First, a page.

To produce great quality code, developers need time slots where they can dive deep into a problem and get lost in the task at hand. That’s a challenge for a software development agency like us with many different projects and clients who want us to respond quickly to their requests.
Our policy is that people need to reply to a message aimed at their personal handle within 2 hours. It’s enough to say: On it, getting back to you in the afternoon/tomorrow/etc. That way we ensure our team members get deep work done and keep in touch with their teammates.
Regular team meetings in European hotspots and 1 Stanwood Summer Extravaganza each year where we all come together, work a bit and mostly enjoy spending time with each other
There are no strict office hours at Stanwood, but we need a few hours of overlap between our schedules to keep our mostly synchronous processes working.
Some team members prefer to start early in the morning, some take longer breaks during the day, some prefer working late. As long as we have the needed overlap and everyone knows who’s working right now, it’s fine. To get that kind of transparency, we posts a quick hello and today’s top tasks in our status channel in slack. We post when we take breaks for lunch, workout, walking the dog or other appointments and we post when we are off.
If we are off, we switch our profile status to offline and turn off our notifications. That way, we don’t get lured into slack again by the continuing messages of our friends and colleagues. Due to our flexible schedules, someone’s always working and you may get the feeling to miss out on some important things. But it’s important to unplug and really be off work when you’re off.
Our main synchronous communication channel are video calls, where we discuss project and company related topics.
Working together in co-working spaces
Most of our 20+ team members work from their homes and have a dedicated room or desk for that. In addition, we rent desks in co-working spaces for people who enjoy working in a more busy, inspiring environment. We currently have desks in co-working spaces in Munich, Berlin, Barcelona, London, Tel Aviv and Warsaw.
For us, working remotely doesn’t mean you have to choose between working from home or from a co-working space. You don’t have to stick to your desk 5 days a week, neither do you have to work from a co-working space all the time. The luxury of working remotely is to choose flexibly where you can work best in that situation. This can change over time or even during the season. Some of our team members love to work outside in their gardens or on their balconies during summer, some do workations and join our weekly video calls with a nasty palm tree and beach background ;-). I have my desk with three monitors set up in the middle of our open plan living room because I want to be a part of family life when my kids are home. That’s not for everyone. My wife for example is a copywriter and locks herself into her home office upstairs to stay focused.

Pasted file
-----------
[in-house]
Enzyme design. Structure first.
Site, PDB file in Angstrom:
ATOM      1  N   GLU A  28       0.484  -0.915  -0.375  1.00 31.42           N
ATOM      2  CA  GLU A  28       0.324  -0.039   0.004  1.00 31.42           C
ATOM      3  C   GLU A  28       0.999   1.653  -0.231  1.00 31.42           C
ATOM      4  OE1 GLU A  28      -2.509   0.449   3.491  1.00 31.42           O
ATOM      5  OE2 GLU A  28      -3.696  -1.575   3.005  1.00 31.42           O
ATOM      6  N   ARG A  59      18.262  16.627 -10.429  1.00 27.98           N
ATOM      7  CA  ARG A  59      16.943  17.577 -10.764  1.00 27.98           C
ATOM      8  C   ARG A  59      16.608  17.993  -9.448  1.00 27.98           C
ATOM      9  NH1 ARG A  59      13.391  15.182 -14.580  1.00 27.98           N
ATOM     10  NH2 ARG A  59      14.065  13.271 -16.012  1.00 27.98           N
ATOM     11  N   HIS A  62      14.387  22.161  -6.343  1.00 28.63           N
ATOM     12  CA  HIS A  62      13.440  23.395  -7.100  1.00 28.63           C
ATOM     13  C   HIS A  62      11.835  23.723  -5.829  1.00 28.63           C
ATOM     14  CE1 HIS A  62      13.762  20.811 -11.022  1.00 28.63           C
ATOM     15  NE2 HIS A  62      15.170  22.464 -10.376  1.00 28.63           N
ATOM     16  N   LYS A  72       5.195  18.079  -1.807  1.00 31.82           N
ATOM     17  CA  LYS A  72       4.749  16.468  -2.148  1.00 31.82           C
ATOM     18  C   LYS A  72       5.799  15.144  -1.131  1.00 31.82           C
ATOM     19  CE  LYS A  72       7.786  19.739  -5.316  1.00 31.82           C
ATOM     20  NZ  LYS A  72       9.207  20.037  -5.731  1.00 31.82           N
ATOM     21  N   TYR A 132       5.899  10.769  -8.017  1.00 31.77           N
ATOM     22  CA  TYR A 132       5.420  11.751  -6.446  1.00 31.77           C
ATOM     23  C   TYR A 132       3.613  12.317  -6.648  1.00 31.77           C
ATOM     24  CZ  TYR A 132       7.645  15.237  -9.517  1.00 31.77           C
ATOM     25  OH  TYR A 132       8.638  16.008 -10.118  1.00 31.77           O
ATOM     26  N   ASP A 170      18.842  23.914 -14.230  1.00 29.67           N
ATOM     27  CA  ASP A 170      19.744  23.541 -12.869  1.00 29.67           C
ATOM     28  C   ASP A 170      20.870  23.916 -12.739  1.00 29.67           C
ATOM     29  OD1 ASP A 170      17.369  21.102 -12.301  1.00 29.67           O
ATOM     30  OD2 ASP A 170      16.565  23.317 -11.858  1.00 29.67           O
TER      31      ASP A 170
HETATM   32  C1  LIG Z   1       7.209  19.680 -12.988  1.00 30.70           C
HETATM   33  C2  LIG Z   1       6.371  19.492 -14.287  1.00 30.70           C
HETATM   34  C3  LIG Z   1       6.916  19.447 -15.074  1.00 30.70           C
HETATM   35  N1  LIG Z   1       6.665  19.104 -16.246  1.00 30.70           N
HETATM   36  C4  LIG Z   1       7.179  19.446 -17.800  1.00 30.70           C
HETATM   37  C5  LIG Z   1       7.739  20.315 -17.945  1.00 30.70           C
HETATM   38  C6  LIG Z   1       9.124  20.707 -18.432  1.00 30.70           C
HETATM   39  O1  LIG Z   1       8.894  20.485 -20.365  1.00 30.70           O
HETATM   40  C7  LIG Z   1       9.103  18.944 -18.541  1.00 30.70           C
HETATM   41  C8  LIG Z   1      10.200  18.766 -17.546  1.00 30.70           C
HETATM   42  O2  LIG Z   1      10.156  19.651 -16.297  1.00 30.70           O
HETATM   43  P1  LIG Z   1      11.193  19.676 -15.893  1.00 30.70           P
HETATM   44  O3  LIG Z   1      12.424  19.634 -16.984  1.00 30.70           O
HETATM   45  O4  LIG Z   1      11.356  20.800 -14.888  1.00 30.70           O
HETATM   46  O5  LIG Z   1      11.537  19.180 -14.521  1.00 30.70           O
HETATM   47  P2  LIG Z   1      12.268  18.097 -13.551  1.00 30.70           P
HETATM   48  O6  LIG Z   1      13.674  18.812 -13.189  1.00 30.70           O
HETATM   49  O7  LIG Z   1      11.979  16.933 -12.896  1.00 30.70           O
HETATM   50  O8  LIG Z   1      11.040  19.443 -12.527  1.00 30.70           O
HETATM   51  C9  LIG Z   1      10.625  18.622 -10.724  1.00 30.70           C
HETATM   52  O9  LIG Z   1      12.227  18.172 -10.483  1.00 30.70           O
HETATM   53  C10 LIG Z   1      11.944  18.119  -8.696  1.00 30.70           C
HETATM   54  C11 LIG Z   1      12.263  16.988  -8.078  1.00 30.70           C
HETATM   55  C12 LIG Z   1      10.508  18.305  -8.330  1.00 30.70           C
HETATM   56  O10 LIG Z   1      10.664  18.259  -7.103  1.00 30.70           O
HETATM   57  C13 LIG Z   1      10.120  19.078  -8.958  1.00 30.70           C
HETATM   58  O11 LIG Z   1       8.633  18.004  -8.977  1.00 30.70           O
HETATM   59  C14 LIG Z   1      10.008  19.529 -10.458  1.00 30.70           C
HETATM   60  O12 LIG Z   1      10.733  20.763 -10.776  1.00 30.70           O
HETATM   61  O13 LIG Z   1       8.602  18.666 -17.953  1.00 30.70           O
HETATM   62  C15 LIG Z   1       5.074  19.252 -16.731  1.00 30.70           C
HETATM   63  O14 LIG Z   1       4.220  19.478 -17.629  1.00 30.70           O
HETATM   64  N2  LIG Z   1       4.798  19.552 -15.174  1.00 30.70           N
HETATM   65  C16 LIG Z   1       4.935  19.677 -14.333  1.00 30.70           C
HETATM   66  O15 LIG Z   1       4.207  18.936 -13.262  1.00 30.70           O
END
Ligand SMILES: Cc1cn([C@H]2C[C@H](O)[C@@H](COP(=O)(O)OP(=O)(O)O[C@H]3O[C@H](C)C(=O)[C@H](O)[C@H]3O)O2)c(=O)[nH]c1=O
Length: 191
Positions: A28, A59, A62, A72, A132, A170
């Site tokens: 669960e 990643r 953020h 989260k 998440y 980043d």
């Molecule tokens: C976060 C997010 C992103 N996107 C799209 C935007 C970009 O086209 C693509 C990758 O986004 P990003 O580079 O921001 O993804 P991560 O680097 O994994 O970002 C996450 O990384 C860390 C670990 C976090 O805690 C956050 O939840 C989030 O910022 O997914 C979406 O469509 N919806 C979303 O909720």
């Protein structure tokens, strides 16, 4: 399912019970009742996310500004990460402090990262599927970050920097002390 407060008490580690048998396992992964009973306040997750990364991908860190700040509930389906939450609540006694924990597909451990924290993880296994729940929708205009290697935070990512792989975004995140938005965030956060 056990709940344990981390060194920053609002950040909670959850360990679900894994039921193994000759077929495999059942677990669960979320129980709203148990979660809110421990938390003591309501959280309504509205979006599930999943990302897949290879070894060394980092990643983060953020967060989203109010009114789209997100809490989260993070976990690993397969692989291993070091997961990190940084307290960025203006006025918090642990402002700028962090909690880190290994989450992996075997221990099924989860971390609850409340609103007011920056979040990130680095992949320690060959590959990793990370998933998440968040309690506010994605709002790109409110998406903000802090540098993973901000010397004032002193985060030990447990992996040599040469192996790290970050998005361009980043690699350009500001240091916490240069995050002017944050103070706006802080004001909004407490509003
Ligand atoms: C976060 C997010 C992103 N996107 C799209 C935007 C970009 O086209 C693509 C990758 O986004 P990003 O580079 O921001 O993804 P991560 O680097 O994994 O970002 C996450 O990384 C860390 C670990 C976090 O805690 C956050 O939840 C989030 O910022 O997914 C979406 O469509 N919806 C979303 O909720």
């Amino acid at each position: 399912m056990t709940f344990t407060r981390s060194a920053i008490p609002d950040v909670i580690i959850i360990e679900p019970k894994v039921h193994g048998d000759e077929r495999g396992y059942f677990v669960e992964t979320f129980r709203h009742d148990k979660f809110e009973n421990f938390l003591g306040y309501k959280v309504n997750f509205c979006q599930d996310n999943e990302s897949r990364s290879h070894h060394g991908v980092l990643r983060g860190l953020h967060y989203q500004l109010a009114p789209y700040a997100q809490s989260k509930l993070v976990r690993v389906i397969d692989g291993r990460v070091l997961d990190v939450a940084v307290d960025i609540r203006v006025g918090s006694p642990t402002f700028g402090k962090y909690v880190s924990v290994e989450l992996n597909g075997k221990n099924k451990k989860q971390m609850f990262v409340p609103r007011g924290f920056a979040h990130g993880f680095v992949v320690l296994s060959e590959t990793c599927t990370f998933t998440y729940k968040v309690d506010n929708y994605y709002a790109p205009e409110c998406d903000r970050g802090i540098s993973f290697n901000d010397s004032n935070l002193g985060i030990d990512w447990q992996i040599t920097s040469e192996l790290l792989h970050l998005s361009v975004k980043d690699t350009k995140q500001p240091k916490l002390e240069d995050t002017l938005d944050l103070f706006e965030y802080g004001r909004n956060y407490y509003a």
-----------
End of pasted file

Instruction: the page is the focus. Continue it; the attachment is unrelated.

In our experience, working from coffee shops when travelling is not very effective. You have to deal with bad wifi connection, you have to find a comfortable seat and desk, you have to tune out the buzz around you - so most people just aren’t as focused and effective as they would be in a different environment.
Effectiveness is important for us as an agency. When we work, we want to focus 100% on the task at hand and filter out all distractions.
That’s what makes us good, it directly influences our profits, and it gives us precious time to spend with our loved ones.
We have 2 different kind of daily stand ups:
1. "Project office hours" twice a day at 10am and 4pm: PM opens an appear.in room and everyone working on that project can quickly and easily join and discuss questions or roadblocks. The PM summarises the results and posts it to the project channel in slack.
2. Daily Check ins in our slack standup channel: Everyone posts once a day:
- How many tickets are assigned to me? How many tickets did I close in this sprint so far? Can I take more tickets? Are there any roadblocks ahead of me?
We have three kinds of pair programming sessions at Stanwood:
1. Every new "Wookie" - as we call our new team members in the first 3 months - goes through intensive pair programming sessions during his/her onboarding period to learn how we structure our code. We do this in regular 1:1s in appear.in where we code together and share our screens.
2. Every line of code we've ever written has been thoroughly reviewed by an experienced developer. That way we keep our code quality high and ensure we code by the same standards. In case of doubt, we jump into a short call and review the code together until we agree that's the way to go.
3. We do continuous peer training sessions to improve our skills and learn from each other.
We use our own SCRUM/Kanban methodology which we customized to fit our 100% remote processes and our clients' requests. Each sprint is about 2 weeks where 1 of it is for planning and refining and one is for actual coding. We regularly do retros for sprints that didn't meet the set goals in order to learn from it and constantly improve.
Learning & sharing
Constantly challenging the status quo and improving things (and ourselves!) is deeply rooted in our company culture. So we do a lot of things to ensure our company keeps becoming even better:
- regular masterclasses where people share their special skills (e.g. UX design, tool hacks, game dev, 3D printing etc)
- Training programmes
- regular 360 degree feedback rounds
- bi-weekly 1:1s where we ask: What do you want to achieve and how can we help you do that?
- our watercooler channel in slack where we post funny and personal stuff
- our thank you channel in slack where we regularly appreciate when others helped us, did an amazing job in a project, etc.